Barely a month has passed since my first column on SpaceQ and already my best laid plans to use this column to push for a place for space in governmental budgets has come undone.
My first column argued for the need to welcome MDA back to the Canadian fold and pushed for funding for our space and geospatial ecosystem. This second column was going to underscore the importance of Earth observation data that not only address critical national emergencies as floods, forest fires, earthquakes and pandemics, but are essential to nearly every aspect of decision making in Canada.
But over the past month, Canadian readers of this publication have been witness to: a horrific and murderous rampage in Nova Scotia, the astonishing and precipitous fall of oil prices, a stock market collapse ranked among the worst in history, the eruption of nearly 62,000 COVID-19 cases in Canada causing 4,000 deaths, and the return of a natural disaster to the citizens of Fort McMurray – this time water and not fire. We have mourned the death of Canadian soldiers off the shores of Greece at a time we least expected. And, acting as the backdrop for this all has been the spectacle of a sound, bleach and light show from an inept White House and incoherent President.
At the best of times, we confront these seismic events one-at-a-time. But, this past month we have watched a daily train wreck of events from the comfort of our homes.
Meanwhile, behind the scenes, connected public servants have delivered programs and services in record time, with a clear focus on providing results for Canadians. Thrust into roles of leadership, they have shed their cloaks of anonymity and steered national, provincial, and local efforts to “flatten the COVID-19 curve.” That women leaders led this charge and provided needed direction, expert guidance and calm demeanour are why we have seen restoration of trust in our governmental institutions.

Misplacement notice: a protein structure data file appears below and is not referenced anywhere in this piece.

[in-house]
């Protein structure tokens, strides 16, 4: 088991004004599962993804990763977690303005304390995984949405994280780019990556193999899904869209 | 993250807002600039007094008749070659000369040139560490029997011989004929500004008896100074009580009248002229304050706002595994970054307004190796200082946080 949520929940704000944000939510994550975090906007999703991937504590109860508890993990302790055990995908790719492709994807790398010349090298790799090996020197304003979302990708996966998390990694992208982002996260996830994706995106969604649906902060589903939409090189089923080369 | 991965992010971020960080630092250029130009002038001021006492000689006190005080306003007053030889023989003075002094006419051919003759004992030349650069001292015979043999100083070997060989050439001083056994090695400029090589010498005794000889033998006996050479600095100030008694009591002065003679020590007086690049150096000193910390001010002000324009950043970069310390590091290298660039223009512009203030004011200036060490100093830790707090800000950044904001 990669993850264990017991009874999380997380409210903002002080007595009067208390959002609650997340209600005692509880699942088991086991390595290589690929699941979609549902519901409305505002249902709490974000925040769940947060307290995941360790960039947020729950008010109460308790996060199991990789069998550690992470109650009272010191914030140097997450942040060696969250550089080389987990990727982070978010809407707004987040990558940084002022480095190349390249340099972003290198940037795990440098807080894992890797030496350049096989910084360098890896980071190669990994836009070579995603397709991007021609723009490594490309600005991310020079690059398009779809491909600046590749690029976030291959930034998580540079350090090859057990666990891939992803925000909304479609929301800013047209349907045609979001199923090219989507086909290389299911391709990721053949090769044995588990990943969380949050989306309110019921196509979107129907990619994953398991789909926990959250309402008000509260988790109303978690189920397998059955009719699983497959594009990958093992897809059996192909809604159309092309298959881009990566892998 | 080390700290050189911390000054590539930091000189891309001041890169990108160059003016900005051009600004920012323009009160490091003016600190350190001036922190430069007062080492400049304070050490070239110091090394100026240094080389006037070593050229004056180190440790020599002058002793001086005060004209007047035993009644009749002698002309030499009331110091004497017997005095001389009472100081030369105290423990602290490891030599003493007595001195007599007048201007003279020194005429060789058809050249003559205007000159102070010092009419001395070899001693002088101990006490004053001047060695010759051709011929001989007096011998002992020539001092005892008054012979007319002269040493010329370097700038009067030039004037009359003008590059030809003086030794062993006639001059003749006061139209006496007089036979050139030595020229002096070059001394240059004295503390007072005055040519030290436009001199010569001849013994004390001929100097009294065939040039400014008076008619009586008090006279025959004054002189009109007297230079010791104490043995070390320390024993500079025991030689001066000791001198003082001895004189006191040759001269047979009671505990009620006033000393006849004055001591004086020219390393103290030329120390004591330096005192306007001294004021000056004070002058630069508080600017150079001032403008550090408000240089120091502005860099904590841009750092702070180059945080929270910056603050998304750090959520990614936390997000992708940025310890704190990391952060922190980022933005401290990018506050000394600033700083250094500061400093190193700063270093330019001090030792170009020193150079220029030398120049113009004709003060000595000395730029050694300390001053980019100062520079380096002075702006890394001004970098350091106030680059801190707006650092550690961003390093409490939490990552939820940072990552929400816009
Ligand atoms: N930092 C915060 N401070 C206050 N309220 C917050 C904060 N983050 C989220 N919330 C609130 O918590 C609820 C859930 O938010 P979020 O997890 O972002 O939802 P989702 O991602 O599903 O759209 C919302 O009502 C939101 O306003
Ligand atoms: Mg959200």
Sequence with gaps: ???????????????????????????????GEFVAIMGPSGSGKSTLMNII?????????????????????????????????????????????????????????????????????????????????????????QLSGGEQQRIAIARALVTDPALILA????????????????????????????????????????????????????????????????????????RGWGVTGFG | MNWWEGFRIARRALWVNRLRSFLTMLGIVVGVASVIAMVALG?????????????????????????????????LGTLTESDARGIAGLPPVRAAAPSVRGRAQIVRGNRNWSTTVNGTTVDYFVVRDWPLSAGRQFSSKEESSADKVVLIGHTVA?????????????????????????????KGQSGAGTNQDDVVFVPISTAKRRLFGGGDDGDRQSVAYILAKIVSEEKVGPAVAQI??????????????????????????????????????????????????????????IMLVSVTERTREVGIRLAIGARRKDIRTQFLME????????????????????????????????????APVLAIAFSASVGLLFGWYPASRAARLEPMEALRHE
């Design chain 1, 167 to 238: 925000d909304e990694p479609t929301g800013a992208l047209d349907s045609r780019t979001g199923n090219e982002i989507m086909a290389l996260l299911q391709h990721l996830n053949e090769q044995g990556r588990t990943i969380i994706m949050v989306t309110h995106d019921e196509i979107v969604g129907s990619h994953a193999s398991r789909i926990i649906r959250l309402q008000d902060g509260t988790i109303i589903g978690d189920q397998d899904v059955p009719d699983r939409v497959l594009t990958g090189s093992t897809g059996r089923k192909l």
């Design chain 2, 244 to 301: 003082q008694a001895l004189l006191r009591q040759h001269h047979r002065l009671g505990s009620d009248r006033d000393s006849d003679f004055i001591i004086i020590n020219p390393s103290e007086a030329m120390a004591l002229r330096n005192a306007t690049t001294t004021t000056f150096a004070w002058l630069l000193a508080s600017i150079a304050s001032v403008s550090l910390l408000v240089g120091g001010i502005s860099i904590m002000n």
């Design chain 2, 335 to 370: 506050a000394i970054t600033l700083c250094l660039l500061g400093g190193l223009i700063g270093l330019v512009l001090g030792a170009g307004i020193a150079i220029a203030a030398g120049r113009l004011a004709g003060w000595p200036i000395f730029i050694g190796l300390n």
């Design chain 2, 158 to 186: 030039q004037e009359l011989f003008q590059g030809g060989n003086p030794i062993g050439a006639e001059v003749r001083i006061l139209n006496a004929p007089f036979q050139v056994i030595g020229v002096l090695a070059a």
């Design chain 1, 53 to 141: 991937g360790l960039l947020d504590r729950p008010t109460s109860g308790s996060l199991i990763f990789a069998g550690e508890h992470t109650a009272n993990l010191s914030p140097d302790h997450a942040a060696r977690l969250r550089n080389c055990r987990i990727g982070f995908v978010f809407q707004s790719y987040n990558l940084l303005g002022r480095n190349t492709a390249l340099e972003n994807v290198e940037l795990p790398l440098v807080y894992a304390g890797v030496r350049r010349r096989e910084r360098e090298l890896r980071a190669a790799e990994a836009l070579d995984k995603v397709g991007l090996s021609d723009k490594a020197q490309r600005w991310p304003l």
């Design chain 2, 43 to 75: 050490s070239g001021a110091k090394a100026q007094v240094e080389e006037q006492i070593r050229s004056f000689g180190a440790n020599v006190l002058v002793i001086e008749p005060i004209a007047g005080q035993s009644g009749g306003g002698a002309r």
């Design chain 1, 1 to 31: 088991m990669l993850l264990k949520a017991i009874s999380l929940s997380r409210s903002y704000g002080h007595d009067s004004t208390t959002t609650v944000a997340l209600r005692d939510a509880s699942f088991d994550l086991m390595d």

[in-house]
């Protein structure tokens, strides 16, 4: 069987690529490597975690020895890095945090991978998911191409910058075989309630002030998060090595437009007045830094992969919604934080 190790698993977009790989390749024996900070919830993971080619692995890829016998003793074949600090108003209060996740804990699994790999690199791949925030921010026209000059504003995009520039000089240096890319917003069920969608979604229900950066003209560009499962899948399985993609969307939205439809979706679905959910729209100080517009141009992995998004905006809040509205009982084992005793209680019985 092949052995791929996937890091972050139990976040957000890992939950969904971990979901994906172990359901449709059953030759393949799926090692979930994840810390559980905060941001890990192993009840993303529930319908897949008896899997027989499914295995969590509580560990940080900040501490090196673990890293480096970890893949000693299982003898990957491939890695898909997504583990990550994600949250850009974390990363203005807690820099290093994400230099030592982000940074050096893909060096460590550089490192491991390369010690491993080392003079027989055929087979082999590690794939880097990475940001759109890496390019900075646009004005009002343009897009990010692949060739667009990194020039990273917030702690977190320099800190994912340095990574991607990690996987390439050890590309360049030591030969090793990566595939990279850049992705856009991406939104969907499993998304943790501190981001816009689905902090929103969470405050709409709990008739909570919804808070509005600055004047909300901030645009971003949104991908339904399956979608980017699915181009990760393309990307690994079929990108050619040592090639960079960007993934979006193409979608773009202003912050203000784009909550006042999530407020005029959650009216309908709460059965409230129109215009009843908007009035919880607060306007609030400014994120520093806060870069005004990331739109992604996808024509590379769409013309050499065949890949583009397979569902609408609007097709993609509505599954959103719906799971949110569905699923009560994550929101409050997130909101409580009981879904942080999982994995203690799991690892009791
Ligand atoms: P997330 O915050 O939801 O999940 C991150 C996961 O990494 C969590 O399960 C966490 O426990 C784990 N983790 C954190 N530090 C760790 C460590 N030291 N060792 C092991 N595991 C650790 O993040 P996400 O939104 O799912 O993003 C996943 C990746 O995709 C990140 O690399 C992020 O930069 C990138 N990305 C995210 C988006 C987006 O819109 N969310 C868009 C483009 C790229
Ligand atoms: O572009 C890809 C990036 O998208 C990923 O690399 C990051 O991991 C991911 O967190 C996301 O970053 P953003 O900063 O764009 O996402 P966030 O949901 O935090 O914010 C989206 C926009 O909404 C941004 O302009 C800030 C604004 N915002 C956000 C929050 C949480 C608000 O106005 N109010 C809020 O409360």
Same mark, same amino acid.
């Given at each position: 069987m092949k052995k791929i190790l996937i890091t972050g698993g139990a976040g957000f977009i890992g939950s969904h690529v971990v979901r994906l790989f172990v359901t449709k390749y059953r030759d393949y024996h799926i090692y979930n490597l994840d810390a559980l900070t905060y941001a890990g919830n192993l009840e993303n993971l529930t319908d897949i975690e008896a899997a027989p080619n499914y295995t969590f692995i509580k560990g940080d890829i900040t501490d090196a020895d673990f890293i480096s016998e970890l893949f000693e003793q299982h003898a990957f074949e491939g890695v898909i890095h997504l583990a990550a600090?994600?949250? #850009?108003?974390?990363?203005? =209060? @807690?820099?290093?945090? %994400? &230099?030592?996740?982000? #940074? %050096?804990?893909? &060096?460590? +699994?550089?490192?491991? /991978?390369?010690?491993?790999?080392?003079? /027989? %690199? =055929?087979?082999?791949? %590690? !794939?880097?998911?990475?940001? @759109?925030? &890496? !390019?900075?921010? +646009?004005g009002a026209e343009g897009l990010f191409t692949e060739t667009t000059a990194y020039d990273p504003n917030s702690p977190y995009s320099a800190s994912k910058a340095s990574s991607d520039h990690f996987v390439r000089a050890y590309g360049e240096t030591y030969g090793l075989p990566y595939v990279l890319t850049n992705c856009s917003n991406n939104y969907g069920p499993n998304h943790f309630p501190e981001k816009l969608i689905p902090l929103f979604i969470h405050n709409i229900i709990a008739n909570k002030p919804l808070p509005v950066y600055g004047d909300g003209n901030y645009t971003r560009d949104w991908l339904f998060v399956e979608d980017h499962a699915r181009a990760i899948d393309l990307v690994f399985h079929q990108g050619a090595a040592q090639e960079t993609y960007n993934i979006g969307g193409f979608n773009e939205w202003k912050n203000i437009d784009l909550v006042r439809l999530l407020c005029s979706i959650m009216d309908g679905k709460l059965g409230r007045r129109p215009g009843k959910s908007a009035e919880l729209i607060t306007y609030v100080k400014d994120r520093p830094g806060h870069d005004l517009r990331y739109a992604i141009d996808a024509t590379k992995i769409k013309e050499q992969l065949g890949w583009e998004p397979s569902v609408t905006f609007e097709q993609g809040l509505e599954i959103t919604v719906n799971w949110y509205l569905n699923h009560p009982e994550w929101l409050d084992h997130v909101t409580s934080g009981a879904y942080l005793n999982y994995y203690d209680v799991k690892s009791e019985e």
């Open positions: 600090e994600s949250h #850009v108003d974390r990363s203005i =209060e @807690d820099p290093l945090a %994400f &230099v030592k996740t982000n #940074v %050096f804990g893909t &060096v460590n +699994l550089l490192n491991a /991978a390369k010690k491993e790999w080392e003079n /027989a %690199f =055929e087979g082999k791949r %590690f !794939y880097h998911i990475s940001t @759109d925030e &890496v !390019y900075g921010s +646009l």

On the front lines we have seen acts of compassion and bravery as fellow citizens reported to work. Emergency responders, nurses, doctors, critical contributors in our supply chains – like farmers, energy providers, truck drivers, grocery store operators and workers have kept us safe, nourished, and largely from want.
On the home front, we have coped well. We have acted with kindness and innovatively connected with one another. It is fundamentally important for all Canadians to realize that none of what we have done would have been possible without a legacy of national investments in connecting us to one another virtually and physically, from places like our living rooms to far off capitals in other nations.
In the coming months, there will be many that will pass judgement with the benefit and cynicism of hindsight. In comparison, the space industry can provide optimism with foresight, and solutions that build on all the good things we have done – not just in the past month but throughout our history. As we go forward, let’s reorient our thinking to make sure that we find more than a place for space in a future budget. Let’s work together on a new normal, one that shows how space and place are at the heart of what we do – and how we can continue to build those ties that bind. Funny, it feels pretty good to have the best laid plans come undone …